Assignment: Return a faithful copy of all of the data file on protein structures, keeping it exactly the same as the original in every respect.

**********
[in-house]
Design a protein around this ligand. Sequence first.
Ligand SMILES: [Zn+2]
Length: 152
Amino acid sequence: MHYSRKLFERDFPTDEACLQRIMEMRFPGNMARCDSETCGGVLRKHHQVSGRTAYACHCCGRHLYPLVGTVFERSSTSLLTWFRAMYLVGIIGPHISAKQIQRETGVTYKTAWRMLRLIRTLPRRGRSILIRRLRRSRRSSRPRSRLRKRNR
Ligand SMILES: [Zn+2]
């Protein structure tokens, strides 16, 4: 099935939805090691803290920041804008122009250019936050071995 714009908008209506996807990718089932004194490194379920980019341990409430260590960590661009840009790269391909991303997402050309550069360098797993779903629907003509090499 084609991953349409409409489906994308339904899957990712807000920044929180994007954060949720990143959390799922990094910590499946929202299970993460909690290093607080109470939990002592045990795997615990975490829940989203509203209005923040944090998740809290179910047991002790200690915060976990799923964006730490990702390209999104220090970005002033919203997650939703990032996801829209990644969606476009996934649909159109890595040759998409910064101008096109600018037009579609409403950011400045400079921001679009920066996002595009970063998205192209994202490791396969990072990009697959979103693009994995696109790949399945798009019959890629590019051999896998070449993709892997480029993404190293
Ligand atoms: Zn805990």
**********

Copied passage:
[in-house]
Design a protein around this ligand. Sequence first.
Ligand SMILES: [Zn+2]
Length: 152
Amino acid sequence: MHYSRKLFERDFPTDEACLQRIMEMRFPGNMARCDSETCGGVLRKHHQVSGRTAYACHCCGRHLYPLVGTVFERSSTSLLTWFRAMYLVGIIGPHISAKQIQRETGVTYKTAWRMLRLIRTLPRRGRSILIRRLRRSRRSSRPRSRLRKRNR
Ligand SMILES: [Zn+2]
């Protein structure tokens, strides 16, 4: 099935939805090691803290920041804008122009250019936050071995 714009908008209506996807990718089932004194490194379920980019341990409430260590960590661009840009790269391909991303997402050309550069360098797993779903629907003509090499 084609991953349409409409489906994308339904899957990712807000920044929180994007954060949720990143959390799922990094910590499946929202299970993460909690290093607080109470939990002592045990795997615990975490829940989203509203209005923040944090998740809290179910047991002790200690915060976990799923964006730490990702390209999104220090970005002033919203997650939703990032996801829209990644969606476009996934649909159109890595040759998409910064101008096109600018037009579609409403950011400045400079921001679009920066996002595009970063998205192209994202490791396969990072990009697959979103693009994995696109790949399945798009019959890629590019051999896998070449993709892997480029993404190293
Ligand atoms: Zn805990």